Published: Mon, June 19, 2017
U.S. | By Vera Richards

New York Times sues FBI to get notes of Comey-Trump talks

New York Times sues FBI to get notes of Comey-Trump talks

The Post reported that Robert Mueller, who is overseeing the FBI's probe into Russia's meddling in last year's United States presidential election and possible links with the Trump campaign, has expanded his inquiry to probe whether Trump obstructed justice by firing James Comey as Federal Bureau of Investigation chief.

The FBI has denied a Freedom of Information Act request filed by BuzzFeed News to provide copies of former FBI Director James Comey's memos that detail his conversations with President Donald Trump.

The tweet raises many unanswered questions and follows a series of posts to Twitter by Trump in the past two days complaining about reports that special counsel Robert Mueller is investigating whether the president engaged in obstruction of justice.

President Trump has reportedly stepped back this week from his temptation to fire Mr. Mueller, and that's the right decision.

But Trump is likely to be disappointed if he is ultimately seeking to stop the investigation by special counsel Robert Mueller, a former FBI director, according to Cramer and members of Congress.

Rosenstein was the one to make the decision because Attorney General Jeff Sessions had already recused himself from the Russian Federation investigation.

He also claimed that the person investigating him advised him to fire Comey, though it's unclear whom he was referring to.

UK's Hammond says economy should be priority in Brexit talks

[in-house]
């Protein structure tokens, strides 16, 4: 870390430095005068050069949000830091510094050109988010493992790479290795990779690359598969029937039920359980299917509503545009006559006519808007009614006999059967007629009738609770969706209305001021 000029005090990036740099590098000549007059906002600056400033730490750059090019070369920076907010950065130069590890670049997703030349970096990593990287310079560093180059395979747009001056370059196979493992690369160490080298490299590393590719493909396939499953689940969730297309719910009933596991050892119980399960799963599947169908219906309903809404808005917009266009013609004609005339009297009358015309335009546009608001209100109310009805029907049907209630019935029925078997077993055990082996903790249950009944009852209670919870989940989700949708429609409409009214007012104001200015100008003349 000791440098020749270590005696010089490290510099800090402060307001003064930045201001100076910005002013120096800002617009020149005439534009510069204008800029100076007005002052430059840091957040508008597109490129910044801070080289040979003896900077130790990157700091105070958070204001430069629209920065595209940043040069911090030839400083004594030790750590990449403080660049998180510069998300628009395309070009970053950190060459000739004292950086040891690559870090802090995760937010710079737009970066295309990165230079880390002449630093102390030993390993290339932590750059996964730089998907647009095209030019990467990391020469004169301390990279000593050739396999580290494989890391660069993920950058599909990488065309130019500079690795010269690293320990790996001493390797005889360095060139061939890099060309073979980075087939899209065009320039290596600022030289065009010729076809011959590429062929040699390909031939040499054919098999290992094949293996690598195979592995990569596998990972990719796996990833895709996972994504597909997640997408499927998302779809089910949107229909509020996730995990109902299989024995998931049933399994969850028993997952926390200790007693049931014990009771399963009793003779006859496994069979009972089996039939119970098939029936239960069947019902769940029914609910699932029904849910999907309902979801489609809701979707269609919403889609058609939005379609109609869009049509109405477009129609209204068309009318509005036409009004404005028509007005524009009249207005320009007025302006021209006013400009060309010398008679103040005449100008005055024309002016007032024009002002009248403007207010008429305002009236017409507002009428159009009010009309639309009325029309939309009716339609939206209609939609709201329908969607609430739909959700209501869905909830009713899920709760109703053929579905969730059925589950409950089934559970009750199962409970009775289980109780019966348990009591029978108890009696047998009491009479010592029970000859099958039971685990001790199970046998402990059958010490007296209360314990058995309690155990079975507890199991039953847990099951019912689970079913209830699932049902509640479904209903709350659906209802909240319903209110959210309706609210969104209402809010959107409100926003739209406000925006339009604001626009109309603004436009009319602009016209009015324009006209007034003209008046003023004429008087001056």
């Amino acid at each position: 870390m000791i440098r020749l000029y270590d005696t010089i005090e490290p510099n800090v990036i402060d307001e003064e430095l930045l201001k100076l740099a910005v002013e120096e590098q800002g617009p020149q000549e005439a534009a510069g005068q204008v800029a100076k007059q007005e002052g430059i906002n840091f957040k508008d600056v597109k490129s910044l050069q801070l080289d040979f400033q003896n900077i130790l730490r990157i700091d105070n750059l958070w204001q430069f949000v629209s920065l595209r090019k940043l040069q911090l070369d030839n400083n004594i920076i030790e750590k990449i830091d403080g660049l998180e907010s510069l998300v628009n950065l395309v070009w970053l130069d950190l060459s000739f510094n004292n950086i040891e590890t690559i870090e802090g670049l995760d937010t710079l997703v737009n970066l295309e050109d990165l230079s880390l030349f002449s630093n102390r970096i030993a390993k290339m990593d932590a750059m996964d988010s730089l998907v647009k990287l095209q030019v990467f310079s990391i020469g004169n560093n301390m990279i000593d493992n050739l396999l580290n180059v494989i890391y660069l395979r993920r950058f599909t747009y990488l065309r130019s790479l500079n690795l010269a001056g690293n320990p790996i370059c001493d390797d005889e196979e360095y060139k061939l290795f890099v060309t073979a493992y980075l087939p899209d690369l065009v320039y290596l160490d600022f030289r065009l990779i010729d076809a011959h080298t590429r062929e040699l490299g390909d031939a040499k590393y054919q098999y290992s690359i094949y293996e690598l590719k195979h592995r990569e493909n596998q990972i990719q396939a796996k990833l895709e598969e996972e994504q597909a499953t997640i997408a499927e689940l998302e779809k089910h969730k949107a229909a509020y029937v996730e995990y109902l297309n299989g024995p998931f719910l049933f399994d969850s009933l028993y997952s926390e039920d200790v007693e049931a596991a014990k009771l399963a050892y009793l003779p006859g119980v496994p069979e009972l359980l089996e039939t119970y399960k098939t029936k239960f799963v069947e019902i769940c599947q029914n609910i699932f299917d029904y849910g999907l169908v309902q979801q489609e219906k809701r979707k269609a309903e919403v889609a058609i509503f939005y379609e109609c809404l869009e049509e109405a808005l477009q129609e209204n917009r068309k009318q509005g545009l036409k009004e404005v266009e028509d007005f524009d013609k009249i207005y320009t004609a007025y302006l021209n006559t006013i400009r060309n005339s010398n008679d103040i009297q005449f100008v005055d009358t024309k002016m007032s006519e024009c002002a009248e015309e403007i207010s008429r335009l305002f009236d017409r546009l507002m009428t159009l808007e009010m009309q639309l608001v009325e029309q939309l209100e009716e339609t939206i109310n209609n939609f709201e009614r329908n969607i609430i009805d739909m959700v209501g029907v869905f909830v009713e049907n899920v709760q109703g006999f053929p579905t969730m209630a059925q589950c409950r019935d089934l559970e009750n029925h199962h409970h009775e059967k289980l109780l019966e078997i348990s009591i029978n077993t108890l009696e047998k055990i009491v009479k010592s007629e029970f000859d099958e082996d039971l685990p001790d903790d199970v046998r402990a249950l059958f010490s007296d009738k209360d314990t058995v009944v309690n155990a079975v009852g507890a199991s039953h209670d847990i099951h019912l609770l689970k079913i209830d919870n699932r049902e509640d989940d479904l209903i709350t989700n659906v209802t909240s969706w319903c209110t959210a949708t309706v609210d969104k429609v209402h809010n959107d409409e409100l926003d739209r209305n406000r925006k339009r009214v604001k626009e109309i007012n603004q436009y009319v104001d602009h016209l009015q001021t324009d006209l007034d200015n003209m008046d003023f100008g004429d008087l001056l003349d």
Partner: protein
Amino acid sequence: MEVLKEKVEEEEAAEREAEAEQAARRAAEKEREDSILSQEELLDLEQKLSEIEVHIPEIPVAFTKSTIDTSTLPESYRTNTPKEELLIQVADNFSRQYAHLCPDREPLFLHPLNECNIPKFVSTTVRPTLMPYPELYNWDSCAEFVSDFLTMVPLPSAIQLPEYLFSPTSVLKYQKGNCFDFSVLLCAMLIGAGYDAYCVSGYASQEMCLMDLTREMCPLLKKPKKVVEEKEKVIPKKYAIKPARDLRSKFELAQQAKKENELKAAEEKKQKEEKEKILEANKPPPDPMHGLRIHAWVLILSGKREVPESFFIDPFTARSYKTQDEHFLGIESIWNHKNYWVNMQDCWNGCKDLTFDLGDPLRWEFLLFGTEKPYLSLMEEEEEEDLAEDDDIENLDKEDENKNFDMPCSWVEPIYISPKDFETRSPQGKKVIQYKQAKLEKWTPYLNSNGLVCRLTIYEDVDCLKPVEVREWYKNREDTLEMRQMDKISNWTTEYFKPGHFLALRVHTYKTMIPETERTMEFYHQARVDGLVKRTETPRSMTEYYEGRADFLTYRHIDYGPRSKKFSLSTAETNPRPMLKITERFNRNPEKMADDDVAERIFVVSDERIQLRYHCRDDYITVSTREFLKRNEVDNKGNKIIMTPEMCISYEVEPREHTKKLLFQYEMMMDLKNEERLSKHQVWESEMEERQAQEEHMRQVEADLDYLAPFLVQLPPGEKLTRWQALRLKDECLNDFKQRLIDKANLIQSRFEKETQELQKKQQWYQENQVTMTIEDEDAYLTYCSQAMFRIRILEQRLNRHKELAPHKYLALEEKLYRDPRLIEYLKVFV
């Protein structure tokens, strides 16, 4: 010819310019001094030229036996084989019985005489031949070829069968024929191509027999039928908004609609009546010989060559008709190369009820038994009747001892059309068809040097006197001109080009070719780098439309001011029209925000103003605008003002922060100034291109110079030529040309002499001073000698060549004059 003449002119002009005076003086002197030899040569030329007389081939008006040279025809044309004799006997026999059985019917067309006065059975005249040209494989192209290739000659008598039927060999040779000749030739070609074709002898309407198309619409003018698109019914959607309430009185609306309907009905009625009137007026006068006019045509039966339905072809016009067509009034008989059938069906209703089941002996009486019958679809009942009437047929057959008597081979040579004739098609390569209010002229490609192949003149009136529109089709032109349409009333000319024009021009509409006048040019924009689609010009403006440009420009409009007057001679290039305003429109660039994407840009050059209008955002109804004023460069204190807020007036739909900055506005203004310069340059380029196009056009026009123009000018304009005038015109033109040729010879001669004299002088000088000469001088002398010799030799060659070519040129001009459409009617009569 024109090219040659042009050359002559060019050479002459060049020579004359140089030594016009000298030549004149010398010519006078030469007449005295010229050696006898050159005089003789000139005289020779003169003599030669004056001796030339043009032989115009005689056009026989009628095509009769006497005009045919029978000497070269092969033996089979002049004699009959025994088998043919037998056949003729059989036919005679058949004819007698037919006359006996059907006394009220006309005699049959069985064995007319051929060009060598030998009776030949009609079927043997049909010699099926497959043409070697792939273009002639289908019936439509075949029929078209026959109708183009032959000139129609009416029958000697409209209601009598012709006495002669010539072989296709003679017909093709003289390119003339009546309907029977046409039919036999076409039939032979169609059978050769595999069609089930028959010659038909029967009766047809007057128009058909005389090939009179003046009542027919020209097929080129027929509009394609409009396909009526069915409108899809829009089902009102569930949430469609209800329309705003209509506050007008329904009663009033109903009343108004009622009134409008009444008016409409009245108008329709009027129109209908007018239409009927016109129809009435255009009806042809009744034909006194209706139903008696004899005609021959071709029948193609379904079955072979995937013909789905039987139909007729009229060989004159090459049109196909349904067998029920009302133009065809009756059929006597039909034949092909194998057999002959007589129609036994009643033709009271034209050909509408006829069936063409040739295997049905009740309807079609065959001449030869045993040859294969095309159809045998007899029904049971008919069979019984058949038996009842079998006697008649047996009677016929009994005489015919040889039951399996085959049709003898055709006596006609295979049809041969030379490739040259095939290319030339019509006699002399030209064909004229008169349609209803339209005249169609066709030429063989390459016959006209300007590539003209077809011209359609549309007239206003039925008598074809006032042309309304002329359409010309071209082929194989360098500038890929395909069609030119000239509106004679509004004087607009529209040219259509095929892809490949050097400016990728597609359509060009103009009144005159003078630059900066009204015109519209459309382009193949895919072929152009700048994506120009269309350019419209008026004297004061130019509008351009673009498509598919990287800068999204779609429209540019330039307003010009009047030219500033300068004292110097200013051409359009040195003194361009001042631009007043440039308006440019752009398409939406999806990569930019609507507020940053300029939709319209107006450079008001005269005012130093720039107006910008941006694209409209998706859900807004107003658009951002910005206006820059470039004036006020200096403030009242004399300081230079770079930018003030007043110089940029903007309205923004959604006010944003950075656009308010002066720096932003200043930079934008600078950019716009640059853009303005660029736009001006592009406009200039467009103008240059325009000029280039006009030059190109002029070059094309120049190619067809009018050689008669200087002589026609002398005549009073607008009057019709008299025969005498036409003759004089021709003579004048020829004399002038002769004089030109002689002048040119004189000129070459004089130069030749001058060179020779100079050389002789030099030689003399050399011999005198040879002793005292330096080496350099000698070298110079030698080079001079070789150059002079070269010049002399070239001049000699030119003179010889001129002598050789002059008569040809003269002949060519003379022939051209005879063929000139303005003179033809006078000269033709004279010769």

The Chancellor declined to comment on whether he supported Britain's continued membership of the EU single market or customs union.

But the president's opinions of the various ongoing investigations aside, it would appear that a majority of Americans believe he broke the law with regard to FBI investigation into his administration's involvement with Russian operatives and the allegations that Russia orchestrated a concerted effort, possibly with collusion with Trump officials, to sway the outcome of the election.

The Russia issue has cast a shadow over Trump's five months in office. "Tweets are not going to change how he approaches something", said Jan Miller, a former US attorney in IL who worked with Rosenstein in the Maryland office. Both the Special Counsel and the Senate Intelligence Committee are staffing up, and the Counsel's investigation is expanding to look at new areas. The intelligence committee is the lead congressional panel on the Russian Federation hacking scandal, including highly publicized hearings with fired FBI Director James Comey and Attorney General Jeff Sessions. Justice Department and special counsel press aides have declined to confirm or deny reports about the focus of Mueller's investigation.

Trump advisers and confidants describe the president as increasingly angry over the investigation, yelling at TV sets in the White House carrying coverage and insisting he is the target of a conspiracy to discredit - and potentially end - his presidency.

California Sen. Dianne Feinstein said she is concerned that Trump might try to fire both Rosenstein and Mueller.

"The message the president is sending through his tweets is that he believes the rule of law doesn't apply to him and that anyone who thinks otherwise will be fired", she said.

Mr Rosenstein has previously said that "if anything that I did winds up being relevant to his investigation then, as Director Mueller and I discussed, if there's a need from me to recuse, I will".

USA intelligence agencies concluded in January that Russian Federation interfered in the presidential race to try to help Trump win, in part by hacking and releasing emails damaging to his Democratic opponent, Hillary Clinton.

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